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Forewords, prefaces and introductions

Before your 11392888_10152778358060216_4622102437588607233_nactual book begins – particularly if writing nonfiction – you may want to include material that that introduces readers to it. The idea of these introductions is in large part to establish why readers actually should read the book.

There are three general types of introductions that you might include in your book:
g Foreword – This is an essay about the book written by someone other than the book’s author. Ideally, a recognizable name in the book’s genre or subject matter writes the foreword. As the author, you might consider seeking out well-known names to write the foreword. It is always signed, meaning the essay’s author gives his name and usually the date and place of writing.
g Preface – This is written by the book’s author. Typically, it tells how the author came up with the idea for the book, explains the importance of the subject matter (or the book’s approach to it), and may include a list of thanks and acknowledgements at its end. It’s usually signed with the date and place of writing given. The preface always comes after the foreword.
g Classic introduction – Traditionally, an introduction gives information that the reader ought to know to better understand the book, such as how it’s organized, how it’s laid out, special features, and so on. In that sense, it’s a like set of explanatory notes.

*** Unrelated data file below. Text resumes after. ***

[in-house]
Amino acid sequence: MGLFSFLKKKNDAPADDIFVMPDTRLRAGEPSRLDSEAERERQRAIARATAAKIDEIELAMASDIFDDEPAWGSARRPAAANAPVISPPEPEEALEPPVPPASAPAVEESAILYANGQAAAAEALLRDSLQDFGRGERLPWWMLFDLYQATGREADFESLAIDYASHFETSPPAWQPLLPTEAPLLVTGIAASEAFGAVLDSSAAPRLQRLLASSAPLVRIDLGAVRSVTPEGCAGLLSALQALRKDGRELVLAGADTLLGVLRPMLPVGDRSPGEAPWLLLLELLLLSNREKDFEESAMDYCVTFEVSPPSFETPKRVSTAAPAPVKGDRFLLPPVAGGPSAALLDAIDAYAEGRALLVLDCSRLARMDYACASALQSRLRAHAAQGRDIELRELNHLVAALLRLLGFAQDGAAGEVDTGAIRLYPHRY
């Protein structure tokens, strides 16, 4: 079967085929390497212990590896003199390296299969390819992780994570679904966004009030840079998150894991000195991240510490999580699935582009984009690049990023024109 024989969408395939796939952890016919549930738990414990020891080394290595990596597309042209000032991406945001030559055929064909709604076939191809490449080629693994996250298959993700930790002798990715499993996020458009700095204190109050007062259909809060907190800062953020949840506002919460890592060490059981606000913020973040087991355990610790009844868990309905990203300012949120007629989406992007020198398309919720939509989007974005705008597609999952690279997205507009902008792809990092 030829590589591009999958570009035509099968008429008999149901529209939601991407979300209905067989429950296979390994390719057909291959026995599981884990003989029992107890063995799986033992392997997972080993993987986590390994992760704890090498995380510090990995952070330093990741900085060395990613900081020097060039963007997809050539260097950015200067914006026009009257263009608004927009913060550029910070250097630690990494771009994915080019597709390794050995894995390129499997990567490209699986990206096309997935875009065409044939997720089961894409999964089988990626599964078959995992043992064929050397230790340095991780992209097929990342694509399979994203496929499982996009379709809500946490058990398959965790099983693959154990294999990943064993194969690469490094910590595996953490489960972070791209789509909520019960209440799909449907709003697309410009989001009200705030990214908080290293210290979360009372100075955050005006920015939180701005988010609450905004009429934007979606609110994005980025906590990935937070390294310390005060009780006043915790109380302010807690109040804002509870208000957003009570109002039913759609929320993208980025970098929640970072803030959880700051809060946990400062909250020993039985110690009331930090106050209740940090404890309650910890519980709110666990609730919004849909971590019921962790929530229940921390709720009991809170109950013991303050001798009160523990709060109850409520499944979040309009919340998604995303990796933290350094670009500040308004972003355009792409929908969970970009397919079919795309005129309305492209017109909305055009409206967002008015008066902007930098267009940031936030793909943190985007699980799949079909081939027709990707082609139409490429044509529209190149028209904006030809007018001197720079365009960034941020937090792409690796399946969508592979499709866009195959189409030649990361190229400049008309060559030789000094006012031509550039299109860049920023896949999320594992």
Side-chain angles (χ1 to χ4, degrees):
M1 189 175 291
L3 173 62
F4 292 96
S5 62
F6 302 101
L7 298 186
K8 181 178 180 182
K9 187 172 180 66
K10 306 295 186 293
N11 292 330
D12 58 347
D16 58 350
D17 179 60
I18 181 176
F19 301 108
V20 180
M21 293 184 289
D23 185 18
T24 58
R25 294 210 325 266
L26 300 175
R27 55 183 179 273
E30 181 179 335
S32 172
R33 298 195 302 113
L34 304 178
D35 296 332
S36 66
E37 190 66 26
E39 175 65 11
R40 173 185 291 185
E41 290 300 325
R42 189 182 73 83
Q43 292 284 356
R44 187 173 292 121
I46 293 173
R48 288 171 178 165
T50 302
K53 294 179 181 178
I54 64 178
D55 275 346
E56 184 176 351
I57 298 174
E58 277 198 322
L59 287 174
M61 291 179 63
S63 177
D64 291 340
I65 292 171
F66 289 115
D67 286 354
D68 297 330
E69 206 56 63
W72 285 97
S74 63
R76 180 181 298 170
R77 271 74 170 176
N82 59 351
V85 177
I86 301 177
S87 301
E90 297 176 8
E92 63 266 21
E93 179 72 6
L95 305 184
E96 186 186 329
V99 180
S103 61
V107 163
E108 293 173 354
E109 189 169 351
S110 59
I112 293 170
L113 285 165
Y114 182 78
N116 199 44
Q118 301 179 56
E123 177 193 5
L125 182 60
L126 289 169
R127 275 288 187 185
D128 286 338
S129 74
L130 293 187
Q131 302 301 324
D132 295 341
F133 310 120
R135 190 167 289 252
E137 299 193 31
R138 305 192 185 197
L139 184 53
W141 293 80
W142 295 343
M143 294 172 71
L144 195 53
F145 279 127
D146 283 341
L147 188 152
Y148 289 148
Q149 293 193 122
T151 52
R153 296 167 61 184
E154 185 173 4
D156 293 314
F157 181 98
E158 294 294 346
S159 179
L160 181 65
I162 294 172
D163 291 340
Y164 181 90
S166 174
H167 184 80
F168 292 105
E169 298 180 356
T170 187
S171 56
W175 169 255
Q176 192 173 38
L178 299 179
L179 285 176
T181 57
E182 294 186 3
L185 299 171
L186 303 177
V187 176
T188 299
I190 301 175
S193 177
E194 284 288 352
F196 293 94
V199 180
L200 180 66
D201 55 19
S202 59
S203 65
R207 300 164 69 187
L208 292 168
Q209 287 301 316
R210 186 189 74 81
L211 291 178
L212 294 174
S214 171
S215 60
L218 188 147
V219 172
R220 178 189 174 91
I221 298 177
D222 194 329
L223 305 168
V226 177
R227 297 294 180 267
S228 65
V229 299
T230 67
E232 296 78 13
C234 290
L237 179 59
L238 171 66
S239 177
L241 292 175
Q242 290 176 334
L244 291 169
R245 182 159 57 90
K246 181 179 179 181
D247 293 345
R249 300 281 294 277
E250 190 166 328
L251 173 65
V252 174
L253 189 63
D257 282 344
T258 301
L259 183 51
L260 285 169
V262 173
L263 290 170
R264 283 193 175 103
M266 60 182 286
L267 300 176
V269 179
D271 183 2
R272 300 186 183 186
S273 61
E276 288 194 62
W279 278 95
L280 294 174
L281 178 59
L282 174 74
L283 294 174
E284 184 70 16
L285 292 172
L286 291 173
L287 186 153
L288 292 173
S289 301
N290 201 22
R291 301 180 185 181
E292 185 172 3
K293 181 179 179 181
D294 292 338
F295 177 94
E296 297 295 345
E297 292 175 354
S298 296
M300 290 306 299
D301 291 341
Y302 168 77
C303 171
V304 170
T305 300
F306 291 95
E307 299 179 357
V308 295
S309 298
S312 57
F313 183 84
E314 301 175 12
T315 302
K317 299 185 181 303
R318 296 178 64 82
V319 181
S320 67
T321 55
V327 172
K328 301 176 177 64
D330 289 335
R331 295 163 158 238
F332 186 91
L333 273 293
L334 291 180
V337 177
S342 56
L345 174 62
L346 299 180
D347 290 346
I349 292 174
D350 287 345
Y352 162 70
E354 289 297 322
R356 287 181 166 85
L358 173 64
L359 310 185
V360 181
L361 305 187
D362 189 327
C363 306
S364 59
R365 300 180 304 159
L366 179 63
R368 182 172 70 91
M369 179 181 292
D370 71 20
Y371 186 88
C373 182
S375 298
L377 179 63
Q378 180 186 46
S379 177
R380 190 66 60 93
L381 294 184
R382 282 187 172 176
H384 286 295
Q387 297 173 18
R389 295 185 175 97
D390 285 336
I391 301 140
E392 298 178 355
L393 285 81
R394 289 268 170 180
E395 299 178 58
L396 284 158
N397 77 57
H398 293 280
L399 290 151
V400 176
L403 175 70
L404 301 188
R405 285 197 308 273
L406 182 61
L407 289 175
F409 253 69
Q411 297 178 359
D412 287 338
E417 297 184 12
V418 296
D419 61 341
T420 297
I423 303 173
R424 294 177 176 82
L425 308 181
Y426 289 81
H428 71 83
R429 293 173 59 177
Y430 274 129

Some authors combine the preface and introduction into one and label it as an introduction. I did that in my book “Hikes with Tykes” because explaining how the book came to be was essential to understanding how the volume was organized. Some authors also opt for an acknowledgements page rather than listing the names at the end of a preface or an introduction; other authors use both methods in the same book, saving the acknowledgements page for the most special contributions.

Page numbers for the foreword and preface typically are done in Roman numerals (i, ii, iii) while the introduction is in Arabic numbers (1, 2, 3).

Authors also should know that very few readers actually will sift through any of this introductory material. After all, most readers don’t need to be convinced to read the book as anyone considering such a purchase probably will rely on the back cover blurb, reviews by other readers, or maybe a quick paging through to see what the various chapters cover. Still, indulge that small fraction of readers who do look at forewords, prefaces and introductions, as they will appreciate gaining insights into your book from this material.

Need an editor? Having your book, business document or academic paper proofread or edited before submitting it can prove invaluable. In an economic climate where you face heavy competition, your writing needs a second eye to give you the edge. Whether you come from a big city like Fort Worth, Texas, or a small town like Tightwad, Missouri, I can provide that second eye.


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